Hub and spoke blogging ties everything together.

It’s like stepping into a library (remember when we did that?!) and finding an aisle of shelves about client relationships but then discovering individual books about marketing techniques to bring in new clients, tapping into your network for referrals, simple things you can do to thank a client, how to pitch, and so on.

The hub is the aisle, the spokes are the books. The aisle gives an overview of all the different sub-topics you might find within a category and the books (i.e. the spokes) help you get to the more detailed information you need.

You can even have much more specific articles stemming from your spokes (like chapters in a book or, if we stick with the original wheel analogy, those Spokey Dokey things children used to put on their spokes to jazz them up!)

Spokey dokey

Personally, I think this makes for a great user experience.

People land on a blog on my site and can instantly navigate through to connected articles, getting loads more value in the process. 


Links from an SEO perspective

Internal links are important from an SEO perspective too. They’re a bit like street signs, helping Google to understand what it’s navigating and how everything connects.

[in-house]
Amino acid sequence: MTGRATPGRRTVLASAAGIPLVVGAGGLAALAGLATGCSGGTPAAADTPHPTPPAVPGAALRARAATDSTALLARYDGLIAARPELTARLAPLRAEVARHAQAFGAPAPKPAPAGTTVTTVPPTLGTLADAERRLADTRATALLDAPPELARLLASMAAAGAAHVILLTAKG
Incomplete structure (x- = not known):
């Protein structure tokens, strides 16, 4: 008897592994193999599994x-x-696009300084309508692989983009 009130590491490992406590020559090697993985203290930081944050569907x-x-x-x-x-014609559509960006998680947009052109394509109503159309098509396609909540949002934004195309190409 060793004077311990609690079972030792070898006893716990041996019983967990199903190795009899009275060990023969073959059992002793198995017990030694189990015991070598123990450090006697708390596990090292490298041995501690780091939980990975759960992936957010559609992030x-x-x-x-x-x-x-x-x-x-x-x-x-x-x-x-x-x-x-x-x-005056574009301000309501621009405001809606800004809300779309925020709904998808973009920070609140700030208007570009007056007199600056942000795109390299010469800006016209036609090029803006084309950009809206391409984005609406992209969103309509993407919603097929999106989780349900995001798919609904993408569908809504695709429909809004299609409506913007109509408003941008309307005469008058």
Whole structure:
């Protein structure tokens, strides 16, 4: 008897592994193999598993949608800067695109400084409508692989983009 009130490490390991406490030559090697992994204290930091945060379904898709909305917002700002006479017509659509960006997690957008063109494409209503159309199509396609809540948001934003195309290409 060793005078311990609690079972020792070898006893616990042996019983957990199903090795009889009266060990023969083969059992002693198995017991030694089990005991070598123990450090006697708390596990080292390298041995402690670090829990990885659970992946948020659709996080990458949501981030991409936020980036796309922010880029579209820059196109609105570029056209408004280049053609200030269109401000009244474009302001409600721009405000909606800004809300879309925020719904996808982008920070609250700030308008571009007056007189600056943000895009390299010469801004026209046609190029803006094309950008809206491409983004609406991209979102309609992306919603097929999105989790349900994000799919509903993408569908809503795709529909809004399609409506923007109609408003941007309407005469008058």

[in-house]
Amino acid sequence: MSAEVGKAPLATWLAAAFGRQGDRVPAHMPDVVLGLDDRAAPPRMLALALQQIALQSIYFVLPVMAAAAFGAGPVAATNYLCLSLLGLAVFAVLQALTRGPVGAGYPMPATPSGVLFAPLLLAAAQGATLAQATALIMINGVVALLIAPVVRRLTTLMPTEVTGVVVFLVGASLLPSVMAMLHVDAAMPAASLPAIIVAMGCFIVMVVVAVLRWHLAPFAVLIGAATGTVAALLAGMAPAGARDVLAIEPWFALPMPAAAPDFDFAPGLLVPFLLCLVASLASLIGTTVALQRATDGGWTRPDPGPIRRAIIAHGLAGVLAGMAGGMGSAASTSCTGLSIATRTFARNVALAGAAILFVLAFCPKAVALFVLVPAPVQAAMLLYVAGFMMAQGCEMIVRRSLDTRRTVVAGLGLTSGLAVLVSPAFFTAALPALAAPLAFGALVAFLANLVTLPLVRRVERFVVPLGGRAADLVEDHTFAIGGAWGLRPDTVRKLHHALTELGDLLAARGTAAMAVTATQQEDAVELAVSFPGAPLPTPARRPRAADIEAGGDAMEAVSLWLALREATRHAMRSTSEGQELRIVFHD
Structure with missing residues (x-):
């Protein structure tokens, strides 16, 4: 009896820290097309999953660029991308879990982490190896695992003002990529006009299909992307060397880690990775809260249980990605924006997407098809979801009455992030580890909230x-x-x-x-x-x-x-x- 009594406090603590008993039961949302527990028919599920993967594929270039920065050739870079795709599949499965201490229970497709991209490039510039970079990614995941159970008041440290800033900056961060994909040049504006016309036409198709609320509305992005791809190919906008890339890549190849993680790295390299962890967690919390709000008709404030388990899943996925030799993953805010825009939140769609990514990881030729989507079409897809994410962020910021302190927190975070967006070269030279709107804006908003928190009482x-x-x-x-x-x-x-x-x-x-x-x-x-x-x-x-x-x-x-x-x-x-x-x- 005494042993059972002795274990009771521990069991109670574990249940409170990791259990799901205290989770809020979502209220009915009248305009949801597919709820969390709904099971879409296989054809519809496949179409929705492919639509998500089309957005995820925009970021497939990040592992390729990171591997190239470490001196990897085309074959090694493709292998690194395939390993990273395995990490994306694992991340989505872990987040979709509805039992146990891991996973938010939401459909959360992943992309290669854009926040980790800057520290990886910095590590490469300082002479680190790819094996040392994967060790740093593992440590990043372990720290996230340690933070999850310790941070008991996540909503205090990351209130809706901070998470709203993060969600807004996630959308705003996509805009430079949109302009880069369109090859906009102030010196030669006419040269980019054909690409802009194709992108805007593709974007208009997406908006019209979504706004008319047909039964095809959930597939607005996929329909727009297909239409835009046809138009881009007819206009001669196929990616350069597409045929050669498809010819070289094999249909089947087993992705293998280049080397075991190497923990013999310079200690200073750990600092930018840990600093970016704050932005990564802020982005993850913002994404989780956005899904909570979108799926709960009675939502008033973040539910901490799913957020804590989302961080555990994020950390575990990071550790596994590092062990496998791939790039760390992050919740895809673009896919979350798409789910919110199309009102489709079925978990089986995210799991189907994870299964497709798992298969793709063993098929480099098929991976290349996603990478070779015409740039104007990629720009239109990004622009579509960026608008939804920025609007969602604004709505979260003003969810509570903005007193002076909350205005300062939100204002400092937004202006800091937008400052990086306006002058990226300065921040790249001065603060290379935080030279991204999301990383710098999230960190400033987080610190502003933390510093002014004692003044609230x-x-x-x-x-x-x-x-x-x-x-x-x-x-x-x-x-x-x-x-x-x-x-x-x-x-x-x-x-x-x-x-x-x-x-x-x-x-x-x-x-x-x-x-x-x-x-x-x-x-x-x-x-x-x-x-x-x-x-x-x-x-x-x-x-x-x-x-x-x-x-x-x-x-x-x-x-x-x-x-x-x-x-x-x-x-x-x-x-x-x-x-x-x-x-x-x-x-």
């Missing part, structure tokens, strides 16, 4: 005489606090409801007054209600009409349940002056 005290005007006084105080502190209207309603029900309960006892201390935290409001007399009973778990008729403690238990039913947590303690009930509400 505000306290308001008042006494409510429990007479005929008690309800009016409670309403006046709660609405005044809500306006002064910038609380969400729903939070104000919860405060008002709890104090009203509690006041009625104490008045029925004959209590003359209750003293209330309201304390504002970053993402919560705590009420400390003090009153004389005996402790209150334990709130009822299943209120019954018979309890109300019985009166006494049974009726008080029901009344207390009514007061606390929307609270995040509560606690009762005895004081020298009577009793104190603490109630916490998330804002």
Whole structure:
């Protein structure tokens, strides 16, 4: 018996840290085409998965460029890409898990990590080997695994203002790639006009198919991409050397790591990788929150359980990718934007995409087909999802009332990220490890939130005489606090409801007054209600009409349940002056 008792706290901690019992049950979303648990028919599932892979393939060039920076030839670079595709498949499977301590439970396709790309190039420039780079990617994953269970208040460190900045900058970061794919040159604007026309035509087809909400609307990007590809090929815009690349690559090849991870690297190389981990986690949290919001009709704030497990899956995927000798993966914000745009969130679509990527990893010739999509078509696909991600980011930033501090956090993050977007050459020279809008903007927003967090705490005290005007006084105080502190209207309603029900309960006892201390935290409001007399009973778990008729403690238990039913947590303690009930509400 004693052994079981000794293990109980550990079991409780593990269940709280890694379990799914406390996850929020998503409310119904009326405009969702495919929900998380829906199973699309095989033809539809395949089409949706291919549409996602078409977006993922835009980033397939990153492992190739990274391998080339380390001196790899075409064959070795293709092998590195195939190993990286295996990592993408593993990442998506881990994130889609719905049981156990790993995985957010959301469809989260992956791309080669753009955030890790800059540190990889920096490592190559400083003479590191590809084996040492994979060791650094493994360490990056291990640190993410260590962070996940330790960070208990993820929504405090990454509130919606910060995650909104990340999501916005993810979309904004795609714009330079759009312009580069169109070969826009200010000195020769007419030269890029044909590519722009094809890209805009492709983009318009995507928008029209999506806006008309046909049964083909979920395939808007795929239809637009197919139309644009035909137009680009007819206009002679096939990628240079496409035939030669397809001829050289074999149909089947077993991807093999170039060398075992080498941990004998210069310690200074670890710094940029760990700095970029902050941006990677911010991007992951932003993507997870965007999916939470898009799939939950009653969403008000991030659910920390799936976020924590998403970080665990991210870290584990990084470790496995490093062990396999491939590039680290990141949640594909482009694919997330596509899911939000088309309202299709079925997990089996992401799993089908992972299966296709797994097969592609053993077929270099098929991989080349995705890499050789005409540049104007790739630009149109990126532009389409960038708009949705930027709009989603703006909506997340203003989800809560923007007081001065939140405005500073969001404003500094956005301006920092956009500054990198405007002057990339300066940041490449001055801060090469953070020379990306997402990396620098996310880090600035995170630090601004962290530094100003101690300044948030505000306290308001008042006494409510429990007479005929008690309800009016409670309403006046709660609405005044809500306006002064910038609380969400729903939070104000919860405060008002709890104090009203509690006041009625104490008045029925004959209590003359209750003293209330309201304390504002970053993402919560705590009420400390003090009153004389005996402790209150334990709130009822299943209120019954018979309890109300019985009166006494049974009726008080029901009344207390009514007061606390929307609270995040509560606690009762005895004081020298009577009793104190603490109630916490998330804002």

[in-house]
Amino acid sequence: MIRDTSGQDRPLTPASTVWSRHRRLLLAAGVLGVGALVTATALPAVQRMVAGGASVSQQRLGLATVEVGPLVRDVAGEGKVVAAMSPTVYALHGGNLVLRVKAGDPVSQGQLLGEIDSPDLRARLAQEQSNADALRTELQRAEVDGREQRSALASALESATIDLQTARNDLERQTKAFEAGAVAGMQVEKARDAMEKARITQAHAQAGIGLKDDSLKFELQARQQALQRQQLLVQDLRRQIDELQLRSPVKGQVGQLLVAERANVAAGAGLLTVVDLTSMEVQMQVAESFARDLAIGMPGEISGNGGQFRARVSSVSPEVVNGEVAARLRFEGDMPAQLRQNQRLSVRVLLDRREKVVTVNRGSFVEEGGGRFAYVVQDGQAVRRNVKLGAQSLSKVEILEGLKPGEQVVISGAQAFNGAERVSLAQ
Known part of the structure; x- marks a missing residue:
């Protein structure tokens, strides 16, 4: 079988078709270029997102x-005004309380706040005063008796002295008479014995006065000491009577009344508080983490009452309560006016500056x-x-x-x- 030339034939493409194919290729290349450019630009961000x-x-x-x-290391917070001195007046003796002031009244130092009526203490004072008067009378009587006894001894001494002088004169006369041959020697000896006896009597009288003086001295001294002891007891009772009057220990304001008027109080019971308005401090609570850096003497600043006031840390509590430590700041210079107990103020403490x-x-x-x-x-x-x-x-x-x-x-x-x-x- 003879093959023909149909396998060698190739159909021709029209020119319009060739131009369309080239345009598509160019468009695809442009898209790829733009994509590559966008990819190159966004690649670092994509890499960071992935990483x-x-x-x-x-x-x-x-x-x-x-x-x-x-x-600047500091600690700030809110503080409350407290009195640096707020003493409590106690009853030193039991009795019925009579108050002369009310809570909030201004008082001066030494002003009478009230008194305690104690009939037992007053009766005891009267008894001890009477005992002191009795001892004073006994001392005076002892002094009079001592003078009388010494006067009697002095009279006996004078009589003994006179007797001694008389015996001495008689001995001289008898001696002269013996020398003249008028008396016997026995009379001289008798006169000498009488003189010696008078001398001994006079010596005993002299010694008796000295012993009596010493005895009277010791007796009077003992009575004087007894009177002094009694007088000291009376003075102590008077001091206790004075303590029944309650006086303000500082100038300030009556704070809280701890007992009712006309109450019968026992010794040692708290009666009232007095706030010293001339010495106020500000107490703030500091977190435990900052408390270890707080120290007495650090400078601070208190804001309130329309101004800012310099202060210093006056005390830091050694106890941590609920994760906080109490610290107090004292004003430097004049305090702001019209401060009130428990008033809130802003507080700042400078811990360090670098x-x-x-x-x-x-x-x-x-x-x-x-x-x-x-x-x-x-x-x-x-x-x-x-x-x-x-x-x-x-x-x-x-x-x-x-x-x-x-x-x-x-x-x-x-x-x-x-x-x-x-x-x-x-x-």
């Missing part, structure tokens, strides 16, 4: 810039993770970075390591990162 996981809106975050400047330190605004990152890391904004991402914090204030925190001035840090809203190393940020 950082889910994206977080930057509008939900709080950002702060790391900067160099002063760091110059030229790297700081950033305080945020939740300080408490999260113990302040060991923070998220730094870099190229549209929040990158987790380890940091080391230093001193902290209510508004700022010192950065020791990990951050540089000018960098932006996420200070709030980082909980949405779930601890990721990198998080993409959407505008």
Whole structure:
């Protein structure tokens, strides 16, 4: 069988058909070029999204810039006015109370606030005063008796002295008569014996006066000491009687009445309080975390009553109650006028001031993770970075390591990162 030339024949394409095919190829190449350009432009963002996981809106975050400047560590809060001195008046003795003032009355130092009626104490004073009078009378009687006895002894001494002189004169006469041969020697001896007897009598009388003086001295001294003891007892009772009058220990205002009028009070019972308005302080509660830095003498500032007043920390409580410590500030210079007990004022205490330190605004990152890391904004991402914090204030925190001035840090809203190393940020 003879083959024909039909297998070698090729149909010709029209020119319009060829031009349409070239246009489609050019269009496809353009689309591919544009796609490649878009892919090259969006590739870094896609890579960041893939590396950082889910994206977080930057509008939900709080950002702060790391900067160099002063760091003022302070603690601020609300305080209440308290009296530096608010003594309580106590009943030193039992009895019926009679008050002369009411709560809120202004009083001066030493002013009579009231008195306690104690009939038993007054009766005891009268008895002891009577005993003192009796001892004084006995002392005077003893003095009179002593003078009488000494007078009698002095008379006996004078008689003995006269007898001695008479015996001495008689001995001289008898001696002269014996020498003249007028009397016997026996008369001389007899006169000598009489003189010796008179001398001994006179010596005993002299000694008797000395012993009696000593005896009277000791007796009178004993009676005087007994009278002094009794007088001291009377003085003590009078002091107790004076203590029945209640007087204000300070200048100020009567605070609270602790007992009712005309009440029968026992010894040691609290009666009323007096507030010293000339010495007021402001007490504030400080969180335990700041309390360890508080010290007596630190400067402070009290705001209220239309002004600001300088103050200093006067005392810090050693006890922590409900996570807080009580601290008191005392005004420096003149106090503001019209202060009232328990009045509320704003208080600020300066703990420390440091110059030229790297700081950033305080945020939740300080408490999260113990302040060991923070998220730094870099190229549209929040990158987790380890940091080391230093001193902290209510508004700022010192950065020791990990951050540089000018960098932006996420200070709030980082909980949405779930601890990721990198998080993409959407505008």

By having plenty of content about client relationships linked together, for example, it tells Google that this is something I know a lot about and that visitors who want to build better client relationships will be able to find relevant information on my site.

There are other reasons hub and spoke blogging is great for SEO.

You may have heard the term “link juice”. This refers to the number of positive ranking factors that a link passes from one page to another. These positive ranking factors all contribute to the page authority of each page on your website and the overall domain authority.

Both page authority and domain authority are essentially a score out of 100 that reflects how trustworthy and authoritative Google deems your web pages and site to be.

Generally speaking, large sites with loads of internal and external links will have the highest domain authority (think websites like Wikipedia, Apple, YouTube, Blogger, LinkedIn, Microsoft, etc.). Smaller websites with fewer links will have lower authority.

However, linking your content together can gradually increase both page and domain authority, helping your site to appear higher in search results and compete with bigger sites.


Sharing the link juice

The great thing about hub and spoke blogging is that when a spoke article receives more link juice, that juice freely flows via the links into the hub and out to the other spokes. Equally, if the link juice starts at the hub, it extends to all the spokes too. This serves to potentially improve the rankings of all of the articles in a hub. (I visualise the links as tubes trickling link juice wherever they’re connected!)